EVOLUTION (2016) is a French film about Nicholas, a boy growing up in a seaside community consisting solely of boys his age and their mothers. Immediately, we know something is off about this place. The rundown, bare appearance of everything. The strange food the mothers make entirely from what they find in the sea. The medicine his mother gives him each night.
Slowly, we learn more about Nicholas’s world as he does. That nothing is as it seems. That he remembers living in another place. Then his mother puts him in the hospital with the other boys, where the nurses claim they’re treating them for an illness.
This is a tough film to write a review about without spoilers. It’s a highly intriguing film. The beautiful cinematography, the strange women, the sense of isolation the boys feel even from each other. There is little dialogue, with the plot moving forward in some places largely by implication and viewer inference than by anything being spelled out. The viewer pieces it together with something like triumph as the mystery becomes revealed.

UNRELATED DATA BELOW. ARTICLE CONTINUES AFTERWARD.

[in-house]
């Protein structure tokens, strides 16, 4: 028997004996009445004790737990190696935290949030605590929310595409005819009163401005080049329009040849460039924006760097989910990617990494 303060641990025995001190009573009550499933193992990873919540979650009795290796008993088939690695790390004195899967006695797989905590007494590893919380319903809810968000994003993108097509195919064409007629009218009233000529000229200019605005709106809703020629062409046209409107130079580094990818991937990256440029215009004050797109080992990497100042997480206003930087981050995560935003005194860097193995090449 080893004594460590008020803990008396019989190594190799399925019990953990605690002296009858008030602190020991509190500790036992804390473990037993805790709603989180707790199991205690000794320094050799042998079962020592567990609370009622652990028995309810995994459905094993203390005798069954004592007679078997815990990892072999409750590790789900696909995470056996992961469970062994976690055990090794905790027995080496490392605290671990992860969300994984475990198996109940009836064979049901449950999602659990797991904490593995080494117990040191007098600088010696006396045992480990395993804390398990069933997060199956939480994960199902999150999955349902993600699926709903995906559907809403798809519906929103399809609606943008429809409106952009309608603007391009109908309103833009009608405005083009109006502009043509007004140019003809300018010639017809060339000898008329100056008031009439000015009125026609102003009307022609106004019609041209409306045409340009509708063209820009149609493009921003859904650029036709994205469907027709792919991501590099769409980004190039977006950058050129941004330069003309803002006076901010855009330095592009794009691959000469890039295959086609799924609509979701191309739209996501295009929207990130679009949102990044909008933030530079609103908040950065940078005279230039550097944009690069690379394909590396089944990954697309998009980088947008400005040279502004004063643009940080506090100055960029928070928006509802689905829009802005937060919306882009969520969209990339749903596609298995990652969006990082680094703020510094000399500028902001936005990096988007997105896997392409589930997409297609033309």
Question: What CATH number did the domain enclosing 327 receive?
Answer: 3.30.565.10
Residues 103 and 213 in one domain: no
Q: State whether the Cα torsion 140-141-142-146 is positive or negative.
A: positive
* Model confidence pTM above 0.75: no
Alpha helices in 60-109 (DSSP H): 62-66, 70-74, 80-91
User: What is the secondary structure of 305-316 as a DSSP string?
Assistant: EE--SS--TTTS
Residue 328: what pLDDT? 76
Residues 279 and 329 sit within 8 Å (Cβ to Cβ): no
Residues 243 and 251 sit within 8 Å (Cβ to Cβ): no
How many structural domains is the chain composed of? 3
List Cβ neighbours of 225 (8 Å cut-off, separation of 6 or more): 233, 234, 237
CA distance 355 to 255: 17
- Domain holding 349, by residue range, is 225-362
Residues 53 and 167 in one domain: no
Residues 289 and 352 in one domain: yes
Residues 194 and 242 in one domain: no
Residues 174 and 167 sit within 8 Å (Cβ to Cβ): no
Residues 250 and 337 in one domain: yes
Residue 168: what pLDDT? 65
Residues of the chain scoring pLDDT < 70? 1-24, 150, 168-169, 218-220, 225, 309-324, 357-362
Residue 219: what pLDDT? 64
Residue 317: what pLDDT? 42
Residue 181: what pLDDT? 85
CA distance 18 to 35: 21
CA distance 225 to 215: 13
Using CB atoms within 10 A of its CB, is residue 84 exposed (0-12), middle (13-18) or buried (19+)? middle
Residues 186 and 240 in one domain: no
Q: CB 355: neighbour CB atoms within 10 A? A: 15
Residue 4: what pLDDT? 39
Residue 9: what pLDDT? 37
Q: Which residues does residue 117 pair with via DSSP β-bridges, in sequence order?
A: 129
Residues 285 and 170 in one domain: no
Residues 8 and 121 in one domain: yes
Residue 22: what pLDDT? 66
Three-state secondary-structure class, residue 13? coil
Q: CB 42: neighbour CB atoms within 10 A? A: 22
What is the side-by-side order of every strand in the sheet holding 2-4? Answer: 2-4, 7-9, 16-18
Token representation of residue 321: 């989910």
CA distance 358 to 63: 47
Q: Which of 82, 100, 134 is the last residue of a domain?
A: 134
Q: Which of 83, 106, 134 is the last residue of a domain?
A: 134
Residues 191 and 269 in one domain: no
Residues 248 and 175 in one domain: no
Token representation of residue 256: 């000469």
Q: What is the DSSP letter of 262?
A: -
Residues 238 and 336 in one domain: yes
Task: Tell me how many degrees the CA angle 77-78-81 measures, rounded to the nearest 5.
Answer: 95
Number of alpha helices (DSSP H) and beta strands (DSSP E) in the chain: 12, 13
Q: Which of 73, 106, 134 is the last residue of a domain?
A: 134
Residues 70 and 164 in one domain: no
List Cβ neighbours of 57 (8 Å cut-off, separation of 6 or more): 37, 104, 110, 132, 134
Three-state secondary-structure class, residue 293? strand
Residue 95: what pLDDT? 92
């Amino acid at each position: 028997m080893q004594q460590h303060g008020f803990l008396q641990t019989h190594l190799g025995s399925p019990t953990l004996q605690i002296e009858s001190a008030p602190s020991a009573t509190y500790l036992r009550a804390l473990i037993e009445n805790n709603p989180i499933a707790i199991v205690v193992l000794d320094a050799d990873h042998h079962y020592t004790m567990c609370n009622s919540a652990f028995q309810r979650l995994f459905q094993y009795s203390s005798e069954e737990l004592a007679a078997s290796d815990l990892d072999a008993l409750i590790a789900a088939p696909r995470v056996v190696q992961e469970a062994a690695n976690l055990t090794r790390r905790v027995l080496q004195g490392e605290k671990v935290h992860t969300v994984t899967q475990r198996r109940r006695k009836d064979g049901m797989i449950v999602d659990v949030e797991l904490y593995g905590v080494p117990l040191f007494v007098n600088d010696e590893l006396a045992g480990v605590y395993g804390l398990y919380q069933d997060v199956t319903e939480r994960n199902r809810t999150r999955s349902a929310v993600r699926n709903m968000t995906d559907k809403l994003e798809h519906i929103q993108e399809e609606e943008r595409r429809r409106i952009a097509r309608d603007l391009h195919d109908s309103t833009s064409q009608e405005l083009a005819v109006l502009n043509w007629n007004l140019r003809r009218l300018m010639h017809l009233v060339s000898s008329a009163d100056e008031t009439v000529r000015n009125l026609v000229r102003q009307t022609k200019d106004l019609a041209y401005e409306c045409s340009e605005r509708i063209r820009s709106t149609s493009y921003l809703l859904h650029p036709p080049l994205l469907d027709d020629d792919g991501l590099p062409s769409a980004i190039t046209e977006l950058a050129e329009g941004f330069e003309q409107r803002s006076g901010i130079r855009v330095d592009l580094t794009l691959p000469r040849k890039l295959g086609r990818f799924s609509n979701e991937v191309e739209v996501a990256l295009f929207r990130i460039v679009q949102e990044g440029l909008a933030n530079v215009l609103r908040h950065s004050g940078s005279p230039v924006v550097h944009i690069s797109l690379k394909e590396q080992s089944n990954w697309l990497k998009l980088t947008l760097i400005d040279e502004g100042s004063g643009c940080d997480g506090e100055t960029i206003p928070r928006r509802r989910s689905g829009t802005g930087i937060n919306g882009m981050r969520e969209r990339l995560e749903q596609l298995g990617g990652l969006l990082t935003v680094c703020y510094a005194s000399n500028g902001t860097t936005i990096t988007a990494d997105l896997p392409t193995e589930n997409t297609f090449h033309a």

But not the entire story, and that’s where things felt a little hollow for me. The story of the women and the boys is revealed in glimpses until largely bared, but much is left unexplained. And Nicholas’s taciturn view of everything, and unwillingness to ask even simple questions about what’s going on, is occasionally frustrating.
Overall, EVOLUTION is an interesting and intriguing film that I enjoyed, but for me it could have been a little more rounded out, and the protagonist could have engaged his environment in a much less stoic way.